Resources for Teachers and Students
For the week of Mar. 24, 2019
Arturo Toscanini (1867-1957): Italian American. Orchestra conductor. Toscanini, one of the great virtuoso conductors of the early twentieth century, first came to prominence as a conductor of operas. After serving as musical director of La Scala, the opera house of Milan in his native Italy, and then of the Metropolitan Opera in New York, he became conductor of the New York Philharmonic Orchestra, and finally of the NBC Symphony, sponsored by the radio network, which broadcast his performances to millions of homes across the nation. He was legendary for his phenomenal memory, his attention to detail, and his powers of interpretation, particularly in his performances of Verdi, Beethoven, and Wagner.
Independence Day: Greece. During the early 19th century, Greeks throughout the world joined a secret society, the Philike Hetairia (Friendly Association), whose purpose was to collect money and arms for a revolution to free Greece from Turkish rule. In March of 1821 the head of the organization, Alexander Ypsilanti, entered Turkish territory with a group of armed followers and declared the independence of Greece. Although his uprising was crushed, it is remembered as the first event in Greeceis struggle for independence.
The Annunciation: Christian. Based on the gospel in Luke 1:266-56, this holy day celebrates the Angel Gabrielis announcement to Mary of Galilee that she would become the mother of Jesus.
Henry O. Flipper (1856-1940): African American. Military officer. Henry Flipper was the first Black West Point graduate. Although the fifth Black accepted to West Point, he was the first to graduate and in 1877 became the first Black commissioned officer in the United States Army. Flipper described his successful struggle against ostracism and prejudice in The Colored Cadet at West Point (1878). He joined the Tenth Cavalry, one of two all-Black army units. At Fort Sill in the Oklahoma territory, he perfected a system for draining mosquito ninfested stagnant water that caused outbreaks of malaria at the fort. In 1881, he was court-martialed on charges of embezzlement. A review of the trial record at the time concluded that the charges were dubious, but President Chester Arthur refused to set the verdict aside. In 1976, the United States Army lifted Flipperis dishonorable discharge, recognizing that the conviction was racially motivated. On February 19, 1999, President Clinton granted a posthumous pardon to Flipper. Flipper has also been honored at West Point with an annual award given in his name to an outstanding cadet, and with a section of the library named after him.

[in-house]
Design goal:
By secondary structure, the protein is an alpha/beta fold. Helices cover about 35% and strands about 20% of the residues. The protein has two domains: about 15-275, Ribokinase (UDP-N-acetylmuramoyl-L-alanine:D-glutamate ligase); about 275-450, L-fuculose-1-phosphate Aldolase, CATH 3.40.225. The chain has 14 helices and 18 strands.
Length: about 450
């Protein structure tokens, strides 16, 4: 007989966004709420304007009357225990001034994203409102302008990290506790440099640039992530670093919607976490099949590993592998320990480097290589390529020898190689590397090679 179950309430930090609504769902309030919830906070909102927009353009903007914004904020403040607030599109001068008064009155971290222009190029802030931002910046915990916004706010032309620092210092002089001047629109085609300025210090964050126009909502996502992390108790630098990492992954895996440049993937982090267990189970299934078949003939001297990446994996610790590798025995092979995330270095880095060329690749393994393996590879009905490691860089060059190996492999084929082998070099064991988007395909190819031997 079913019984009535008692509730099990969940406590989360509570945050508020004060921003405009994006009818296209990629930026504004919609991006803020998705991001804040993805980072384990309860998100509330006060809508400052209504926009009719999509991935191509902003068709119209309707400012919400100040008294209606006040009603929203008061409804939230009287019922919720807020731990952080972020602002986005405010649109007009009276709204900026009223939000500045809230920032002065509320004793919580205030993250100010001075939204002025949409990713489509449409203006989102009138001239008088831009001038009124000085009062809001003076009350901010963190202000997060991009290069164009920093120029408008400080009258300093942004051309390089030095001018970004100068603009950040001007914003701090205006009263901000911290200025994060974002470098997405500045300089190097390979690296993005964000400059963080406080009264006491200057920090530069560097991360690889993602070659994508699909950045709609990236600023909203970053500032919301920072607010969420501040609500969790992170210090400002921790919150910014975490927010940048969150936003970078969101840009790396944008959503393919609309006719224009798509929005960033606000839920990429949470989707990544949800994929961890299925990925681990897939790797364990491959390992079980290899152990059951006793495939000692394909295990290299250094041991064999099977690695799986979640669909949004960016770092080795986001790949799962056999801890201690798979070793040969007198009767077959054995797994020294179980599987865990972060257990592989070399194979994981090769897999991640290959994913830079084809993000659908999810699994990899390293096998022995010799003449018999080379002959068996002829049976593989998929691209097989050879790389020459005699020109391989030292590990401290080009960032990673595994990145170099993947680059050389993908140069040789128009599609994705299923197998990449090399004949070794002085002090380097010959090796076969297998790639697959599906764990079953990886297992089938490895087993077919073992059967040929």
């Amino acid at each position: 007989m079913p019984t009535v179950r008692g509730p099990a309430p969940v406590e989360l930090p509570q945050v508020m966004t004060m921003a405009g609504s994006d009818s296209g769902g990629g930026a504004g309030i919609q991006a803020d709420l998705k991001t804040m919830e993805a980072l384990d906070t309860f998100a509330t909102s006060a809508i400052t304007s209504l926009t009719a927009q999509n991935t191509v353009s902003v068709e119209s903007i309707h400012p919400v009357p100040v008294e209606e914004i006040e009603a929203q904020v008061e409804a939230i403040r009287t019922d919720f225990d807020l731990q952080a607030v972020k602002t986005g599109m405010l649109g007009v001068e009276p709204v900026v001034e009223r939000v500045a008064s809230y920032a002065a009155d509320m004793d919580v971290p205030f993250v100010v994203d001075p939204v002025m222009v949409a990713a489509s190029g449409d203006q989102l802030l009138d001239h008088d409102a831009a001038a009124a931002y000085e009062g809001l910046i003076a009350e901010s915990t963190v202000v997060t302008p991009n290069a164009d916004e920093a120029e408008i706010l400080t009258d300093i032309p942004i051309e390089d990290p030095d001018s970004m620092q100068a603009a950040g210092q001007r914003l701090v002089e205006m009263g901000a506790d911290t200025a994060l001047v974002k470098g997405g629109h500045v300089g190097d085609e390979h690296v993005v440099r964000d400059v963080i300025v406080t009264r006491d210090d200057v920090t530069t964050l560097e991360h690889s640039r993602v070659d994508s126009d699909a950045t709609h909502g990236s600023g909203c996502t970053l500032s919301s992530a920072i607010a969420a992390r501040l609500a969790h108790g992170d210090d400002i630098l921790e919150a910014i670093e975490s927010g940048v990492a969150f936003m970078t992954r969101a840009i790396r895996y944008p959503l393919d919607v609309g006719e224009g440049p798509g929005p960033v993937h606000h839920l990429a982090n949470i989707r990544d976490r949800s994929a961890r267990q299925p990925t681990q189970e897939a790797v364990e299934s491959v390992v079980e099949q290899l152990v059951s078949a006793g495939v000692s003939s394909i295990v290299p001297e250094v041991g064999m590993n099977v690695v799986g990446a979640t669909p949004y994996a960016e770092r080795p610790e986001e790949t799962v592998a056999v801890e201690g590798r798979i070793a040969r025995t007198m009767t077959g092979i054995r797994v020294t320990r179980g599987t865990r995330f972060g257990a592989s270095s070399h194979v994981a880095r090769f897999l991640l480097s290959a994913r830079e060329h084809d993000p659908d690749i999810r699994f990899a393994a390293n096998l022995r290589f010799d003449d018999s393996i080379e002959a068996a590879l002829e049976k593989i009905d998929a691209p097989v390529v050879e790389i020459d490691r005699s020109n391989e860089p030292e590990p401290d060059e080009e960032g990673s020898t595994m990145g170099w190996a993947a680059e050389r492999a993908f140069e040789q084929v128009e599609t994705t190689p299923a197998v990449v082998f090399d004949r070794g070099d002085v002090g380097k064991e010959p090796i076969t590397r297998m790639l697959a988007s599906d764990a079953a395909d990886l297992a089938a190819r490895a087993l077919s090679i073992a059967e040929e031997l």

National Day: Bangladesh. Formerly the eastern part of Pakistan, Bangladesh is the worldis 139th independent nation, having emerged as a sovereign, independent state on December 16, 1971. March 26, 1971 marks the day the newly formed Bangladesh government declared independence form Pakistan.
Muharram (New Year): Islam This begins the New Year of 1422 based on the Islamic lunar calendar for Muslims. The Islamic lunar calendar dates from the hegira, the flight of the Prophet Muhammad from Mecca to Medina in 622 (based on the solar calendar.)
Edmund Muskie (1914-1996): Polish American. Governor, senator, presidential candidate, secretary of state. Edmund Muskie was a long-time leader of the Democratic Party, holding many high offices in both state and federal government. Born in the mill town of Rumford, Maine, and later its senator for 21 years. He ran as the Democratic Partyis vice presidential candidate with Hubert Humphrey in 1968. Under the Carter administration, he became secretary of state.
Respect for Ancestors Day (Thanh Mimh): Vietnam. This is similar to the holiday in all other Asian cultures for paying respects to oneis ancestors by visiting and decorating their graves.
Sean Oi Casey (1880- 1964): Irish. Playwright. OiCasey is best known for his tragicomic dramas set in the poor neighborhoods of Dublin during the Irish uprising against the British and the subsequent civil war.
Cesar Chavez (1927-1993): Mexican American. Labor leader and activist. A migrant farm worker who became a nationally respected voice for social justice, Chavez spent his life combating the poverty and discrimination suffered by Mexicans and Mexican Americans, particularly agricultural laborers. In 1962 he began organizing farm workers into a union that three years later joined with a Filipino union in a strike against California grape growers for better wages and more humane working conditions. (The two groups later merged as the United Farm Worker) Table grape producers helped out for five years while Chevez focused national attention on the plight of farm workers. A national consumer boycott helped bring the strike to a successful conclusion in 1970.
Jack Johnson (1878-1946): African American. Prize fighter. Johnson was the worldis first Black heavyweight champion, holding the title from 1908 to 1915.
Octavio Paz (1931-1998): Mexican. Writer. Octavio Paz was Mexicois leading poet and essayist and one of the worldis leading figures in literature. He was awarded the Pulitzer Prize in Literature in 1990 and praised for iimpassioned writing with wide horizons, characterized by sensuous intelligence and humanistic integrity.i He was widely known for his essay iThe Labyrinth of Solitudei and his epic poem i Sunstone.i In addition to his writing, Octavio Paz had a distinguished diplomatic career, serving as Mexicois consul and ambassador to such countries as France, Japan, and India.
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